The Rangers raised Graves' number to the rafters of Madison Square Garden before their game with the Atlanta Thrashers on Tuesday night, honoring a player whose grit and talent were more than matched by his work ethic to try to make the community better.
"He really is the guy you see," said longtime teammate Mark Messier, whose No. 11 now hangs next to Graves' No. 9. "He always gave of himself, to charities, to children. He always had time for everybody. He wasn't doing it for recognition. He was doing it because that's who he is."
Along with Messier, defenseman Brian Leetch, and goalie Mike Richter, Graves became beloved by Rangers fans, who endured 54 years of futility between titles from 1940 until 1994. That core ended the longest title drought in NHL history -- with Graves scoring the second goal in the Rangers' 3-2 victory over Vancouver in Game 7.
But Graves was different from his better-known teammates. Sure, he had talent -- he broke the franchise record for goals in 1993-94 with 52 -- but he was admired as much for his grit and his willingness to stand up for his teammates. Off the ice, he had a personal connection to the everyday people that that made him stand out.
"If he could, he would have walked up and down the aisle and shook everybody's hand," Richter told MSG Network after the ceremony.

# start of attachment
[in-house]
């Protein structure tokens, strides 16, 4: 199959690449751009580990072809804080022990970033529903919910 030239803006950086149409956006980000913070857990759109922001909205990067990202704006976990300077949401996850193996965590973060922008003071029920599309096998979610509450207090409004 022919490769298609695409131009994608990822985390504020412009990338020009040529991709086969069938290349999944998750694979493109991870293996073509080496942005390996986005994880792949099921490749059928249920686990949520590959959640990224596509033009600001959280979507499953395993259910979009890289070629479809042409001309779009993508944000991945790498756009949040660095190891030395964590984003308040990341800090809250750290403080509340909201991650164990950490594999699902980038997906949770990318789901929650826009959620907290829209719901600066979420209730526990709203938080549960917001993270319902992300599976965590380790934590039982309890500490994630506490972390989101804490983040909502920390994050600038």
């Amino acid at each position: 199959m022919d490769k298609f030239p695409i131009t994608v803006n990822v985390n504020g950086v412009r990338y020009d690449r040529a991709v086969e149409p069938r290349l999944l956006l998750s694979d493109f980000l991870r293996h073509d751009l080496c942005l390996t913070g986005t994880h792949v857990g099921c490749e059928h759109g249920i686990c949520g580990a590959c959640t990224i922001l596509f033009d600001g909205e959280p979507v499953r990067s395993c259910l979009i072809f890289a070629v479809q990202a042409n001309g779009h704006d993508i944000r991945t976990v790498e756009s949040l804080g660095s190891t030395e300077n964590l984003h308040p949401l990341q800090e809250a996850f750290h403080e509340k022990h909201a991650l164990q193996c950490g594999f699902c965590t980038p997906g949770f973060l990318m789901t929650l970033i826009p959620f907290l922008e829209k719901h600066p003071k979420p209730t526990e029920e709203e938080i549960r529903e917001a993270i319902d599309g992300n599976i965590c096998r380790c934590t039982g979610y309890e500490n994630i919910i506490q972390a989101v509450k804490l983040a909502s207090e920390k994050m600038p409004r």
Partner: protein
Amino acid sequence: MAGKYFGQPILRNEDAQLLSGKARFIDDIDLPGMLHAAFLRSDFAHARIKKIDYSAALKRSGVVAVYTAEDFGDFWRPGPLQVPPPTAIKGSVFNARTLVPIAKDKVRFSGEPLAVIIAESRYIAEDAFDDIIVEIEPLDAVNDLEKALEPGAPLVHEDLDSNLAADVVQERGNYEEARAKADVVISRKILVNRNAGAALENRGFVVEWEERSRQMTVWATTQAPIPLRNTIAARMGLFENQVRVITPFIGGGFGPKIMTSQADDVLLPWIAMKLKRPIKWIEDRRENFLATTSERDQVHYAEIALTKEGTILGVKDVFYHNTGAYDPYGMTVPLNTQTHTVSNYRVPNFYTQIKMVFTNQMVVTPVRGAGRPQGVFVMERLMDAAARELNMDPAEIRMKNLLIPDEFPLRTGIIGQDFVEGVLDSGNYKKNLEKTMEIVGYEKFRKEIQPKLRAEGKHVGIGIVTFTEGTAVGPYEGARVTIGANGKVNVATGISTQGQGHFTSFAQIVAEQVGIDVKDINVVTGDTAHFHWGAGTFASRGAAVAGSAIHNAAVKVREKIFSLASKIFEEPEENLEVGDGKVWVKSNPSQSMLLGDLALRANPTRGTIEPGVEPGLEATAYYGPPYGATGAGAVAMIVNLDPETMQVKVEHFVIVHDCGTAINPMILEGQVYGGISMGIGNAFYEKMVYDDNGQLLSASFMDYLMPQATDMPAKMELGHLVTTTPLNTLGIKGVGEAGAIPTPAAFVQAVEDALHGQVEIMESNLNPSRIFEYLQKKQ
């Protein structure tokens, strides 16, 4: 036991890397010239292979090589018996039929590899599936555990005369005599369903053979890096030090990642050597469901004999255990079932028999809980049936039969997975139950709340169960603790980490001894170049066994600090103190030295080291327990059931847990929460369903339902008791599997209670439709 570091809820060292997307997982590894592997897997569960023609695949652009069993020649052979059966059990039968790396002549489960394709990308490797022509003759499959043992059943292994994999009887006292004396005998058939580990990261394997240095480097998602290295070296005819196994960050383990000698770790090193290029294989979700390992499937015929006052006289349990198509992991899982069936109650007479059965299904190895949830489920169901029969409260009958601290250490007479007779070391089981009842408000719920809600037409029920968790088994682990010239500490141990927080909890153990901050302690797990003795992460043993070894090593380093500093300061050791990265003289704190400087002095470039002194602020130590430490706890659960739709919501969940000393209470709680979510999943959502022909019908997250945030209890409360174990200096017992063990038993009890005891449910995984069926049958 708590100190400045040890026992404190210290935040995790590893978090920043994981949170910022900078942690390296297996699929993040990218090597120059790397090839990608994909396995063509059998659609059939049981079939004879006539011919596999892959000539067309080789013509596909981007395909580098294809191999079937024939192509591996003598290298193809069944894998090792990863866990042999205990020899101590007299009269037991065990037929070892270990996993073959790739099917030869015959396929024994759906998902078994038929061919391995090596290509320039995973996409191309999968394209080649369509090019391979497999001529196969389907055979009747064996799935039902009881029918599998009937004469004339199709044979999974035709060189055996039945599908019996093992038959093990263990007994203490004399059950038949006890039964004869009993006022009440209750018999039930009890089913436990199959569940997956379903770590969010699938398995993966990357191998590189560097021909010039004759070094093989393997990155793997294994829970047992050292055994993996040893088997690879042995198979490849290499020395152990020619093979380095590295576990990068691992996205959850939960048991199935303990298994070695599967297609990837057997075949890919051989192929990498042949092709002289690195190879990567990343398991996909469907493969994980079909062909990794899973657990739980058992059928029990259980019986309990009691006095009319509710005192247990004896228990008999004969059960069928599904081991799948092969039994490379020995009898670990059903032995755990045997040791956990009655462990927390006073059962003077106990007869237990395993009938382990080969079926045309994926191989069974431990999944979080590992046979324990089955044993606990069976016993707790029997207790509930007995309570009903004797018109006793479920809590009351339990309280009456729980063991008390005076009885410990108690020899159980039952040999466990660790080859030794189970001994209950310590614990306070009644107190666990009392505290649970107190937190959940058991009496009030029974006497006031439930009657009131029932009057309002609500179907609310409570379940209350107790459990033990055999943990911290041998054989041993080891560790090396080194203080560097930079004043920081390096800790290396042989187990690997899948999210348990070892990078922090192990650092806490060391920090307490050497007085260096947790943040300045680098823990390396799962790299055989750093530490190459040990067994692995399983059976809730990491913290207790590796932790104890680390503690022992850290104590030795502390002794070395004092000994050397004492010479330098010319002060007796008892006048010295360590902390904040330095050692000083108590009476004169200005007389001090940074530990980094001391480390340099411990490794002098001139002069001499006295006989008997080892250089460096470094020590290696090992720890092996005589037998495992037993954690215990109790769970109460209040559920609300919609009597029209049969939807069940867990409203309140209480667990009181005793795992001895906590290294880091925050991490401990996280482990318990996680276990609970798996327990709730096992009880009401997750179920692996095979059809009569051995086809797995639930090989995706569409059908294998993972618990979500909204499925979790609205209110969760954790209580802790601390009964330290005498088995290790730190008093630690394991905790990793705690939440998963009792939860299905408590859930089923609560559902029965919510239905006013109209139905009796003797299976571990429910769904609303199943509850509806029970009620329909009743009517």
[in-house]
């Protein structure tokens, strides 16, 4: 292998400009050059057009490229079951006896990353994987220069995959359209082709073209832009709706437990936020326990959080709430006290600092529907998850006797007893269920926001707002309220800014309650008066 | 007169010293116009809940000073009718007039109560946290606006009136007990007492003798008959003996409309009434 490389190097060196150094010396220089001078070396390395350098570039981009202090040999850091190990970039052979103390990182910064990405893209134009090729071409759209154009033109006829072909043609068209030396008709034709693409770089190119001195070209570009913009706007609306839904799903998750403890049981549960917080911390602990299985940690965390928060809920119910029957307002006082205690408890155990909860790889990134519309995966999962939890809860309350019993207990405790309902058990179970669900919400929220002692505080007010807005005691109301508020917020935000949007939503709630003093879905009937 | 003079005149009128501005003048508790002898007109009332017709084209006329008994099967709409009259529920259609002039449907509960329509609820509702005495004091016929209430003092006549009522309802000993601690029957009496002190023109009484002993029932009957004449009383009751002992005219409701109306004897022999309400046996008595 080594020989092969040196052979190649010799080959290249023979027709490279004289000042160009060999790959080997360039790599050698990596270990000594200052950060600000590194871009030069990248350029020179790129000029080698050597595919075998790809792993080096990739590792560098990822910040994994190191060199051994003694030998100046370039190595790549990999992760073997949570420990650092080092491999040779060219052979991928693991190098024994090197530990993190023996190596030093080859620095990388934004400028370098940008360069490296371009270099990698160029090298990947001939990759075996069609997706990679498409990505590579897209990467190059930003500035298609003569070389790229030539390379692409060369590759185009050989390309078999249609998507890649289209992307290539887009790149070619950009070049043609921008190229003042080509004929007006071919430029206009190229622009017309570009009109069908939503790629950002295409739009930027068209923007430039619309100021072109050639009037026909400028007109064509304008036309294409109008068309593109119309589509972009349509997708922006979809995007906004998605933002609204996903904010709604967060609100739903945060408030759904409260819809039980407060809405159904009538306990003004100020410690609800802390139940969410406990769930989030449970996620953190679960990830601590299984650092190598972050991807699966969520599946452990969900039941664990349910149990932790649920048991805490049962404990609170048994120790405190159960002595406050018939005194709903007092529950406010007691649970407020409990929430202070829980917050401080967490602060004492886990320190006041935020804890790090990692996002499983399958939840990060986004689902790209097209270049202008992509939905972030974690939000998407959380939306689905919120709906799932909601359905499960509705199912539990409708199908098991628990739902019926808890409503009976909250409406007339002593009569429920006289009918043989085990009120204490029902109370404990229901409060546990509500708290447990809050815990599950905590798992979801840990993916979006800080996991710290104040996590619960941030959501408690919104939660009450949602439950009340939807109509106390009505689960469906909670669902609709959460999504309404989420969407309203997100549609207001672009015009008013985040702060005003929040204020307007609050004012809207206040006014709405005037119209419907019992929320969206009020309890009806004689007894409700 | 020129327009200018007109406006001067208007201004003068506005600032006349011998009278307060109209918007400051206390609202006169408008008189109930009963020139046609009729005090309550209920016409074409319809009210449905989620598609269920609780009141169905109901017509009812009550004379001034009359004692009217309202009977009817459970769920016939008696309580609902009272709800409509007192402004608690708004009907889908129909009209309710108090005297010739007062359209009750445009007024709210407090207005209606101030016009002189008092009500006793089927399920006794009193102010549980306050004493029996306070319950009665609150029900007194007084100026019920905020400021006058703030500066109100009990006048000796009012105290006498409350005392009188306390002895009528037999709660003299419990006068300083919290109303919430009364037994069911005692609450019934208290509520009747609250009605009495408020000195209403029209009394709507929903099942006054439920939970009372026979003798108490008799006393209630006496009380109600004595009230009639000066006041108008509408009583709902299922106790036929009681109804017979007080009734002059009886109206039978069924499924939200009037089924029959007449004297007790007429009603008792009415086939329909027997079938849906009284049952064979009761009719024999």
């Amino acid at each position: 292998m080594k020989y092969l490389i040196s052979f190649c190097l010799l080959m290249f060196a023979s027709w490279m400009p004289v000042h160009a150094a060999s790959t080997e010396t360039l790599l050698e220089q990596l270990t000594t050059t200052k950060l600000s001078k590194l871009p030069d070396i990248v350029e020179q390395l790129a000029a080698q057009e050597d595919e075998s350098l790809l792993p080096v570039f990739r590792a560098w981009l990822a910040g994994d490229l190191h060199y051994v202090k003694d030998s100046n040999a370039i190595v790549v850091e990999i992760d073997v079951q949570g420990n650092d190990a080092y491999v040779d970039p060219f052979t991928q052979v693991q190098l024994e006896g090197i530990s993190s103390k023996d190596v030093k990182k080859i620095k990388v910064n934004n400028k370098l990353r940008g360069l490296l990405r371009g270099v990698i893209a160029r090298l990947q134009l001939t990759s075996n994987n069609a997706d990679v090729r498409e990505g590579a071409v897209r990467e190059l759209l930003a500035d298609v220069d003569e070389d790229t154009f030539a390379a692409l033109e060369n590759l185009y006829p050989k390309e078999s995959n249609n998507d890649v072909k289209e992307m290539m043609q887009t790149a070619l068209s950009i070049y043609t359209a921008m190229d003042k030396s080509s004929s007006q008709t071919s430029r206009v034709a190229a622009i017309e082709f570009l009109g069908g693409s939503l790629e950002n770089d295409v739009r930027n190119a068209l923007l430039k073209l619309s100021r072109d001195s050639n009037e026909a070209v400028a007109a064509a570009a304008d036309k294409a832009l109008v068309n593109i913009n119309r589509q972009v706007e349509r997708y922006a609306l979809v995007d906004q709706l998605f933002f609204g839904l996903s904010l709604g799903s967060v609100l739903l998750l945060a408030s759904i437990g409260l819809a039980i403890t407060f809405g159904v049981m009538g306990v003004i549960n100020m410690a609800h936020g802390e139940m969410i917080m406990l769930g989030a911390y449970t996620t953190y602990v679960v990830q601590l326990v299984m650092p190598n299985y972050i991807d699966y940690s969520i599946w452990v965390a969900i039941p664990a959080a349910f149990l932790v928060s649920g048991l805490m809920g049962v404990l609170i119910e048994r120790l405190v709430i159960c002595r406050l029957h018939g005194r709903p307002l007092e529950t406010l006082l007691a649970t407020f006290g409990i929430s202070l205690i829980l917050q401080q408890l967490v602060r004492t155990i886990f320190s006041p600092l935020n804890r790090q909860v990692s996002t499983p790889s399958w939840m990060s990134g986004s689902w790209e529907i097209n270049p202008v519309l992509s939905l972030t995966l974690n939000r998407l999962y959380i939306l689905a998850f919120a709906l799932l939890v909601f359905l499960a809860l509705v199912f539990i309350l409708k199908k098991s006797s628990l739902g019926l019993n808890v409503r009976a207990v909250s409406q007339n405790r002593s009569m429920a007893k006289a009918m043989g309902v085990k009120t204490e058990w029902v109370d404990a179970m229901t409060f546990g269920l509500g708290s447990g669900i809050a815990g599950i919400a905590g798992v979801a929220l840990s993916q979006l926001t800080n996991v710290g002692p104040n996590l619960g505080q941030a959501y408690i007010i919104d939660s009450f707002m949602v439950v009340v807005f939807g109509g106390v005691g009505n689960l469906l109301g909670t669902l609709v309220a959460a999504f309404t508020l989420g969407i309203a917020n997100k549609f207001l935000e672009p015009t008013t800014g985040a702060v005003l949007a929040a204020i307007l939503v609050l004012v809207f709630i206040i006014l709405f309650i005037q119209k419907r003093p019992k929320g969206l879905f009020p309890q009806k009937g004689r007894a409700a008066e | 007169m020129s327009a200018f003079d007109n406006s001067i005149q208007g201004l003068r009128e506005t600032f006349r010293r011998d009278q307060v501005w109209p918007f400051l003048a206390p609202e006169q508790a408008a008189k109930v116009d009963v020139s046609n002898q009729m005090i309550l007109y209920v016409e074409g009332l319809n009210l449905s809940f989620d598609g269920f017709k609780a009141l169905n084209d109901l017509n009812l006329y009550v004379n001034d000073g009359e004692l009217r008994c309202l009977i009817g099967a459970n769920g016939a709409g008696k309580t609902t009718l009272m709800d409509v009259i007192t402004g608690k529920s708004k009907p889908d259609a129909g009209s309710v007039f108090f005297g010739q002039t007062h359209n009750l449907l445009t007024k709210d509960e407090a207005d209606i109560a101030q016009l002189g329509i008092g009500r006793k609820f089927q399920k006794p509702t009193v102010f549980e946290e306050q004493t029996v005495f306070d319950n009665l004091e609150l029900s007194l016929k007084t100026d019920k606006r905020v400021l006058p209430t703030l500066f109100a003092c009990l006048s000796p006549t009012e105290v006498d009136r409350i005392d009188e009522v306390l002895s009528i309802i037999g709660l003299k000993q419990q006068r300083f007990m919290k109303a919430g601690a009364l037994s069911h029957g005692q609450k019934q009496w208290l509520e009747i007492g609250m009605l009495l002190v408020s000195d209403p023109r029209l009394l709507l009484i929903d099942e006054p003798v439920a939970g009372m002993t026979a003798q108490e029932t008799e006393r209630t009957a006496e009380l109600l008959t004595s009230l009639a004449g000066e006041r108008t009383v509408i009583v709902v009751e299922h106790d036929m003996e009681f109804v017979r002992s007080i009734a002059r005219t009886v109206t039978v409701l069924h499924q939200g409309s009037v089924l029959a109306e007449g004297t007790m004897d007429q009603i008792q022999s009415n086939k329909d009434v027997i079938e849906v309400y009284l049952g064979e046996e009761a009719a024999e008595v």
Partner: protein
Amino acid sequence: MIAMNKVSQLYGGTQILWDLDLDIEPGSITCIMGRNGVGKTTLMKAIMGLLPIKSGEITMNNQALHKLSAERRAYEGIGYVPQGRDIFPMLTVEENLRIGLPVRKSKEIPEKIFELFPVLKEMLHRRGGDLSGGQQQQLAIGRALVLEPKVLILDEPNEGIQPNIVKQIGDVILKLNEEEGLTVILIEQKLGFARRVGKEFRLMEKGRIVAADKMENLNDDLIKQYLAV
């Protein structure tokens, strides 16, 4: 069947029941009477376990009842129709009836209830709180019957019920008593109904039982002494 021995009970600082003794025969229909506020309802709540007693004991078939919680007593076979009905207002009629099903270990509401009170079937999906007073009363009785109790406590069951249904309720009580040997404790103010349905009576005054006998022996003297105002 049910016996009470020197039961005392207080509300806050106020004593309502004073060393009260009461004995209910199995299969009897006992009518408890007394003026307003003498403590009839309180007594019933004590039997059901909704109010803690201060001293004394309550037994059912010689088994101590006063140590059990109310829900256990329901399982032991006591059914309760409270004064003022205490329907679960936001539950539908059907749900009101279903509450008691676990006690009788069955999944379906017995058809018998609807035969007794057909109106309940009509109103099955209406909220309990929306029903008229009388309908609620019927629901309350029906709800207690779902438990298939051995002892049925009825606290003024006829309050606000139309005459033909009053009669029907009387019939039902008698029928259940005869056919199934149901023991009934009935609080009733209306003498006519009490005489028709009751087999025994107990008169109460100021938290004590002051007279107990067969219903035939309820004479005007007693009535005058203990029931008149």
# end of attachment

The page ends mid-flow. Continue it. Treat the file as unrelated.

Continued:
Graves received a guitar signed by music legend Bruce Springsteen as well as a surprise visit (complete with framed "family" portrait and autographed hockey jersey) of the cast of "The Sopranos," one of his favorite TV shows.
In his speech, Messier cited Graves' stats -- but quickly noted that numbers alone were not what his former linemate was all about.
"Tonight is not about honoring Adam's stats," Messier said. "Tonight is about honoring a great man and a champion. Adam is an honorable man, a champion with real character.
"Adam delivered much more than the Stanley Cup," he continued. "Adam gave the Rangers credibility, honor and integrity."
Then came the tears -- seemingly a trademark of any ceremony involving "The Captain."
Graves was better able than Messier to hold himself together as he went through innumerable thank you's -- from ex-teammates to former GM Neil Smith and coach Colin Campbell to the current Rangers players and coach and the Madison Square Garden staffers who put together his "night."
In addition to Messier, Leetch and Richter, all of whom have had their numbers retired, Graves saluted Hall of Famers Rod Gilbert and Ed Giacomin, the first two Rangers to be so honored. He also paid tribute to '60s Ranger stars and Hall of Famers Andy Bathgate and Harry Howell, who will have their numbers retired on Feb. 22. Bathgate, like Graves, wore No. 9.
"To those who preceded me in Ranger glory and greatness, the men who epitomize this sweater -- to my friends Rod Gilbert and Eddie Giacomin, and, in 19 days to Harry Howell and Andy Bathgate, I am awed to share this honor," Graves said. "I especially want to thank Mr. Bathgate. Forever sharing No. 9 with you above the ice means everything to me."
"Being a New York Ranger and playing here at Madison Square Garden was more, way more, than privilege enough," he said in wrapping up his speech. "Tonight's honor was overwhelming, and I thank you."
Judging by the number and volume of the ovations all night long, the feeling was mutual.